Eric Anderson of Space Adventures held a short teleconference Friday afternoon (Friday morning here in Arizona) to discuss a new development in his company’s efforts to fly paying customers to the ISS. Highlights:
- The new development was that there is a possibility that a seat may become open on the Soyuz TMA-16 mission, scheduled for launch at the end of September of this year. That seat was supposed to be occupied by a Kazakh cosmonaut, but according to Anderson the Russian space agency Roskosmos has indicated to him that the seat might become available to either Space Adventures or a professional Russian cosmonaut.
- Who might fly on that mission, if the seat becomes available, isn’t clear. Both Esther Dyson and Nik Halik, the backups for Charles Simonyi and Richard Garriott, respectively, would be available, but it could also be a different customer.
- Anderson was also uncertain about exactly when a decision on the seat would be made. Since it traditionally takes close to six months to train for a flight, a new person would have to start training soon, even if a final decision hadn’t been made. (Dyson and Halik would, presumably, need far less training time.)
- Anderson said that he thinks that, from time to time, flight opportunities might become available on taxi flights to the ISS in the coming years even as the station’s crew expands to six people.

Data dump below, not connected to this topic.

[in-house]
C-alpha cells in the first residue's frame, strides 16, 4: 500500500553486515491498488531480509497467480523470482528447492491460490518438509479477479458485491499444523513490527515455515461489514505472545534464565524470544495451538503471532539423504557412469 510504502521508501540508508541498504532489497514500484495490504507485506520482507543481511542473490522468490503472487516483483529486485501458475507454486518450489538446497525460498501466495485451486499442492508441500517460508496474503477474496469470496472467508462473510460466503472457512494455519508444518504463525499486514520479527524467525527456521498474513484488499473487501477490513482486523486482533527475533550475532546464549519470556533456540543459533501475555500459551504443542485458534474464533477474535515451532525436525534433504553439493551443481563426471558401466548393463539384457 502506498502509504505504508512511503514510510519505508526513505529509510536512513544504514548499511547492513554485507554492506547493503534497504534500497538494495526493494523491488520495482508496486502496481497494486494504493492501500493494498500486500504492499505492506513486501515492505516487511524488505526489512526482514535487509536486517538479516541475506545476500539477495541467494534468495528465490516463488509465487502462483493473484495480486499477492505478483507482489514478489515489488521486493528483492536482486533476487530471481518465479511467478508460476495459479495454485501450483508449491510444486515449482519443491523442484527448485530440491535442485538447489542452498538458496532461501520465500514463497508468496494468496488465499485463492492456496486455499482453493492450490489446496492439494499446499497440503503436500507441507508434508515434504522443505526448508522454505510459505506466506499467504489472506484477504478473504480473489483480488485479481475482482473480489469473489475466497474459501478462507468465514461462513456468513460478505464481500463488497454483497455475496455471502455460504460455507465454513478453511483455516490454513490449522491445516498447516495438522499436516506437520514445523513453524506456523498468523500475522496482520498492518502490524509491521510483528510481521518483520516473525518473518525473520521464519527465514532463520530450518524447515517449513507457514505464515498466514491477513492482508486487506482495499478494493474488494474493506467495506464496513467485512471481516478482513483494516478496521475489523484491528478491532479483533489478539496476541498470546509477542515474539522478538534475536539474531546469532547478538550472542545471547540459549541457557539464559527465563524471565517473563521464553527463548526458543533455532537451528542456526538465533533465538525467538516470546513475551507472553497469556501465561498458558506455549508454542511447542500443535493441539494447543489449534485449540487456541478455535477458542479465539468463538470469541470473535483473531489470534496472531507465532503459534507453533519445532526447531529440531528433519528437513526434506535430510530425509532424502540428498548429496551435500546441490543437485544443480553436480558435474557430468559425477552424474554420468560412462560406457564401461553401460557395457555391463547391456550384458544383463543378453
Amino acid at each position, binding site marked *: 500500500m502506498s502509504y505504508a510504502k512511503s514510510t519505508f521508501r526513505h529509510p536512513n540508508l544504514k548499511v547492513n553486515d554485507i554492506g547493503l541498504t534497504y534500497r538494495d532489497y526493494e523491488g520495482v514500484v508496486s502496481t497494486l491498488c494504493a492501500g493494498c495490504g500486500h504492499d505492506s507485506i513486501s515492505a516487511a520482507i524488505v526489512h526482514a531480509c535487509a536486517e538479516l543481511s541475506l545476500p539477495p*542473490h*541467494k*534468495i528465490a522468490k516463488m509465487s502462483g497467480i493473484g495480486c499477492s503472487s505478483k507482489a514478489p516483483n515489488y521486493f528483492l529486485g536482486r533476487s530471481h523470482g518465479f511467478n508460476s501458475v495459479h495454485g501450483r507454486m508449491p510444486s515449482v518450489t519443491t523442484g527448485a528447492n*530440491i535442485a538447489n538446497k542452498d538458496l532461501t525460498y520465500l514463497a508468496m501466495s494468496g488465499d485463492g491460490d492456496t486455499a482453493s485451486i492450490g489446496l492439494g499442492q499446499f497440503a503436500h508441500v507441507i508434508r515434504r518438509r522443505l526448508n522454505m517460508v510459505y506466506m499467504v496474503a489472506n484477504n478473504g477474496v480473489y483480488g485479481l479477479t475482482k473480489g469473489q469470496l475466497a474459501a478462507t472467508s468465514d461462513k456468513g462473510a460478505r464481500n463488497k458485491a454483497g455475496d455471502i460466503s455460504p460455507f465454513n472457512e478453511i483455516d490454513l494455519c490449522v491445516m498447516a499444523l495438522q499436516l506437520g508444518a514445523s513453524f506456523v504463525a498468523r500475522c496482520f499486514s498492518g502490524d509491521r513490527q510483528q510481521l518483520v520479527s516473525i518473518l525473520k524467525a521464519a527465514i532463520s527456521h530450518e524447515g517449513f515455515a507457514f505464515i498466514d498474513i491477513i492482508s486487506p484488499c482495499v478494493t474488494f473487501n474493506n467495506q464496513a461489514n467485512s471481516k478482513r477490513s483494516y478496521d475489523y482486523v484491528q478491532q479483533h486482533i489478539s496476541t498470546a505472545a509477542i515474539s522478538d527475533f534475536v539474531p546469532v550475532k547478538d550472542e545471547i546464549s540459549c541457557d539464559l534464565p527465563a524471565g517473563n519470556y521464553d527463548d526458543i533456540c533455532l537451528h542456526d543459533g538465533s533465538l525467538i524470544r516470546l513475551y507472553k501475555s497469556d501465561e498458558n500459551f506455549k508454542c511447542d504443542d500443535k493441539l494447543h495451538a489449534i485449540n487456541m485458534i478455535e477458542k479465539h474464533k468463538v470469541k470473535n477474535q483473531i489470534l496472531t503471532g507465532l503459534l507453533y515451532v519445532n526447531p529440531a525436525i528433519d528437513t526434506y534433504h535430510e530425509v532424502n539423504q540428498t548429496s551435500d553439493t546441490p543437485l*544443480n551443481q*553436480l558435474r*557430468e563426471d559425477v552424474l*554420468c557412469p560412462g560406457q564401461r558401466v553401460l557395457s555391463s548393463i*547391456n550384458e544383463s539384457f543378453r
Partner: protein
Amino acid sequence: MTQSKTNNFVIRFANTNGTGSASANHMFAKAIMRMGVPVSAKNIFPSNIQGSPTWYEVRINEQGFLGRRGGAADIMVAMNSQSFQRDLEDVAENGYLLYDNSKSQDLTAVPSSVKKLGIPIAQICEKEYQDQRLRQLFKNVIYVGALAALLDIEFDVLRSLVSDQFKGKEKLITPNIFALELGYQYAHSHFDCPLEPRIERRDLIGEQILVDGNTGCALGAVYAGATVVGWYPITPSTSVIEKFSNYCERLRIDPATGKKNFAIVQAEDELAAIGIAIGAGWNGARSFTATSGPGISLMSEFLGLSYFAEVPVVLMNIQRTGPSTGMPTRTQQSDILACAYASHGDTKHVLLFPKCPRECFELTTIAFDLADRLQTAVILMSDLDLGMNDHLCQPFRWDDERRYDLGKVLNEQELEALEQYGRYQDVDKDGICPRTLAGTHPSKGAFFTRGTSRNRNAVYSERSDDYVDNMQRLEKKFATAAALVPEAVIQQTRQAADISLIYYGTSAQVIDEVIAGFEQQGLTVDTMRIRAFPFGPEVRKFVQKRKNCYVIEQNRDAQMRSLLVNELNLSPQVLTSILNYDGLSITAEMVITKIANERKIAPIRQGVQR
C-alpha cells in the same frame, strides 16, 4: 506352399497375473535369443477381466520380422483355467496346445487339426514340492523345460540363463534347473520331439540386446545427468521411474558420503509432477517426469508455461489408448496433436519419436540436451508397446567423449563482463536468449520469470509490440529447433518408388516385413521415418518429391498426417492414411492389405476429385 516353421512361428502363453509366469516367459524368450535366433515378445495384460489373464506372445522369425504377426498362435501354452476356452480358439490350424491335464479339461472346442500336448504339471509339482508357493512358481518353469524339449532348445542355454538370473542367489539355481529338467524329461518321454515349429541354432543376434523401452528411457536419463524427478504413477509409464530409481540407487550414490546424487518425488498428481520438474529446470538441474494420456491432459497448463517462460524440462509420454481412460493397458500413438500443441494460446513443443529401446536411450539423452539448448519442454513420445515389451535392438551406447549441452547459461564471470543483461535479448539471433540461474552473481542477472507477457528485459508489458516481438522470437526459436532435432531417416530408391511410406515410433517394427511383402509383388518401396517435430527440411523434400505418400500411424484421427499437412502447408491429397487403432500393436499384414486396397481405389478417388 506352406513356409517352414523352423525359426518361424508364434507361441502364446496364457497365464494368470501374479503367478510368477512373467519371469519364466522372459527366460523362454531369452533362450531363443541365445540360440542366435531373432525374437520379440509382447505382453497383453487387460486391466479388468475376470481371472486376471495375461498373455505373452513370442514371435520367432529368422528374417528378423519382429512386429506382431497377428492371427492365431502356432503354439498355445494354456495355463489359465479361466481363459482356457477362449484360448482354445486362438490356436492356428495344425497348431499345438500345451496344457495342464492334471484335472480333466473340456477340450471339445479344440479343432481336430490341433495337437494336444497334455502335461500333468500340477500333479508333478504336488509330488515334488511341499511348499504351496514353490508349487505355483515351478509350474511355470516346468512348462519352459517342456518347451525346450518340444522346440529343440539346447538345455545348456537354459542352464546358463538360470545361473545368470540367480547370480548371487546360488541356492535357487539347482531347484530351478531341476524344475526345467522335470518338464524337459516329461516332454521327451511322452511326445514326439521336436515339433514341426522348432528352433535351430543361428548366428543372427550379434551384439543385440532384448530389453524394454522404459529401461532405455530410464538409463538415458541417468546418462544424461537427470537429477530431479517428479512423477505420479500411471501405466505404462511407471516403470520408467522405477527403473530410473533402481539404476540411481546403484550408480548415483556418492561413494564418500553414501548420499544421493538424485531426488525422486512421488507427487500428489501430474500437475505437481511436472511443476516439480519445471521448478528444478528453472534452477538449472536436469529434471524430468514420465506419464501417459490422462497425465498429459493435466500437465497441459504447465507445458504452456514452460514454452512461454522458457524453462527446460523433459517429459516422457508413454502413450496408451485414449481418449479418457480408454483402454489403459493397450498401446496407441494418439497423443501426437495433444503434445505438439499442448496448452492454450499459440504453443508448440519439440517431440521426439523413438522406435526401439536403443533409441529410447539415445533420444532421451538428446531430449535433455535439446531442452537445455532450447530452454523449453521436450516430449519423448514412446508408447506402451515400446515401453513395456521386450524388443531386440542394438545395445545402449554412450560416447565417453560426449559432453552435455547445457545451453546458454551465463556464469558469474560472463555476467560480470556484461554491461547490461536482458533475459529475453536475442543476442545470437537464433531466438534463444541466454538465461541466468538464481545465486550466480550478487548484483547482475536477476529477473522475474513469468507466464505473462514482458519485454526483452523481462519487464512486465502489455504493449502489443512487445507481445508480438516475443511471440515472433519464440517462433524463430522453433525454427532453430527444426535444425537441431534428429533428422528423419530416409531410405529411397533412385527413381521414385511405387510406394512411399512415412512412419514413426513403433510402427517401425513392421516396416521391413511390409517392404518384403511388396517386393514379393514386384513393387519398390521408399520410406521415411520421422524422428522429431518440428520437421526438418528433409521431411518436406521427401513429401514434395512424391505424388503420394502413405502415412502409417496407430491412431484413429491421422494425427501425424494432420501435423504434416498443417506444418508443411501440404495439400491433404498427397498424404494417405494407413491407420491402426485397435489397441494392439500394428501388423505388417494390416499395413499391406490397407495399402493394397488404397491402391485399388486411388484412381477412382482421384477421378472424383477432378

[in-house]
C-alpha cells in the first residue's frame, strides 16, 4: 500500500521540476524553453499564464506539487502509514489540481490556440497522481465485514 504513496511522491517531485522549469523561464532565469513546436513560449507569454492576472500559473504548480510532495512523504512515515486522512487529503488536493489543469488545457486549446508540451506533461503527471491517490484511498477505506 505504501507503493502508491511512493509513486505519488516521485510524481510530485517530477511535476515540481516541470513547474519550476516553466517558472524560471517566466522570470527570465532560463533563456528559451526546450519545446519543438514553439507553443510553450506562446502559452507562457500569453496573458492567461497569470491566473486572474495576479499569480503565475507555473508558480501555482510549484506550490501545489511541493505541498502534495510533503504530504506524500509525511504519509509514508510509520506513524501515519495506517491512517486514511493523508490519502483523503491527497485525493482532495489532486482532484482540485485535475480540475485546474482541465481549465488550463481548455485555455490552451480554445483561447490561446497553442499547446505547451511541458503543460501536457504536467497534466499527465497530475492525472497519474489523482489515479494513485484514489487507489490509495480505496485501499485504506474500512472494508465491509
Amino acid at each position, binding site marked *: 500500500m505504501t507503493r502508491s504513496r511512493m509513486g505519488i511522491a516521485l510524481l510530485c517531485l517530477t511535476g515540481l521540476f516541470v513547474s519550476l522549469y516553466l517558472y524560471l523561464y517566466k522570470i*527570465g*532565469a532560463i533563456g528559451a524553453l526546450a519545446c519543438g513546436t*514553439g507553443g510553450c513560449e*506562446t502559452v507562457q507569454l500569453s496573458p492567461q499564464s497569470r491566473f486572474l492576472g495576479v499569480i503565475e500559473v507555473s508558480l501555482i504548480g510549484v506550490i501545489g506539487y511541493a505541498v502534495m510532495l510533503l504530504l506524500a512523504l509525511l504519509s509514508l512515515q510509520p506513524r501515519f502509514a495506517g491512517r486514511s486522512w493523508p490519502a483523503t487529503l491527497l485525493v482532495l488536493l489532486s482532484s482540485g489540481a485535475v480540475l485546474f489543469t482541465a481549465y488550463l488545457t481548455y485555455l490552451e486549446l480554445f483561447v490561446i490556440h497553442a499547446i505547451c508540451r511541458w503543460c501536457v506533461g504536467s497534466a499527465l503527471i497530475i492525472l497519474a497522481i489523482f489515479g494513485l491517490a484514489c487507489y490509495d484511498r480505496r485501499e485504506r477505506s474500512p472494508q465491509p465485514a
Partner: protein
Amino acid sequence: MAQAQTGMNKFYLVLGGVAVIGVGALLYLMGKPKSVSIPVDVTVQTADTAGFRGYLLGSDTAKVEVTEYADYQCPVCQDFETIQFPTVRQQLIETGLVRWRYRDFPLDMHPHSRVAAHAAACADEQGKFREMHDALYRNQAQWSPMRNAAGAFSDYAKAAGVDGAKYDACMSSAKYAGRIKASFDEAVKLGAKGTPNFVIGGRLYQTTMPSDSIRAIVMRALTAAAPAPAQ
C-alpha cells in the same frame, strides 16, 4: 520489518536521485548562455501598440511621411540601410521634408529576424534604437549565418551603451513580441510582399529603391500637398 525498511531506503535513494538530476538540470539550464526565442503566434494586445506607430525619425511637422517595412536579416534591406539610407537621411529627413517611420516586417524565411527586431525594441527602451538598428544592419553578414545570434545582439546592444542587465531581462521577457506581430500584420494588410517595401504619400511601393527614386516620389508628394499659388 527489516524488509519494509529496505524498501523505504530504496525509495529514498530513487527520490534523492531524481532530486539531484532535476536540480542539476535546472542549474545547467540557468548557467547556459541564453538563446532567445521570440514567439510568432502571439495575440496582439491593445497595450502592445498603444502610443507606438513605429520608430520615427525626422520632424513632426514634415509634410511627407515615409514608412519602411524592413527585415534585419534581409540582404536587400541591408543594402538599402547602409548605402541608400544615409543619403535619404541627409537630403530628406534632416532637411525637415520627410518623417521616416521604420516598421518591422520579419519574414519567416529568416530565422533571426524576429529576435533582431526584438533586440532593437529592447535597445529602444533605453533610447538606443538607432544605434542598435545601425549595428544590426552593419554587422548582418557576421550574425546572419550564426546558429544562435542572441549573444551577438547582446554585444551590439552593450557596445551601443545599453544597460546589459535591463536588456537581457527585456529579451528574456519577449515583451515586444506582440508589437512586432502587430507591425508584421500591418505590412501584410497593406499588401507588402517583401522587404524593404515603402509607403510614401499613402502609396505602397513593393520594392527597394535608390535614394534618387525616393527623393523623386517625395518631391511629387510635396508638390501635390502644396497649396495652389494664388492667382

- Space Adventures is continuing to pursue plans for a dedicated flight to the ISS, now scheduled for as early as 2012 (previously the notional date was 2011). The company has been in discussions with potential customers besides Google’s Sergey Brin, Anderson said, and that while the company has been affected by the economic crisis (without specifying how), potential customers are taking the long-term view towards an eventual spaceflight.
- Anderson said that pricing is continuing to rise (Simonyi’s current flight cost $35M, according to multiple reports) because of both demand and inflation, but he hopes that it will level off at some point.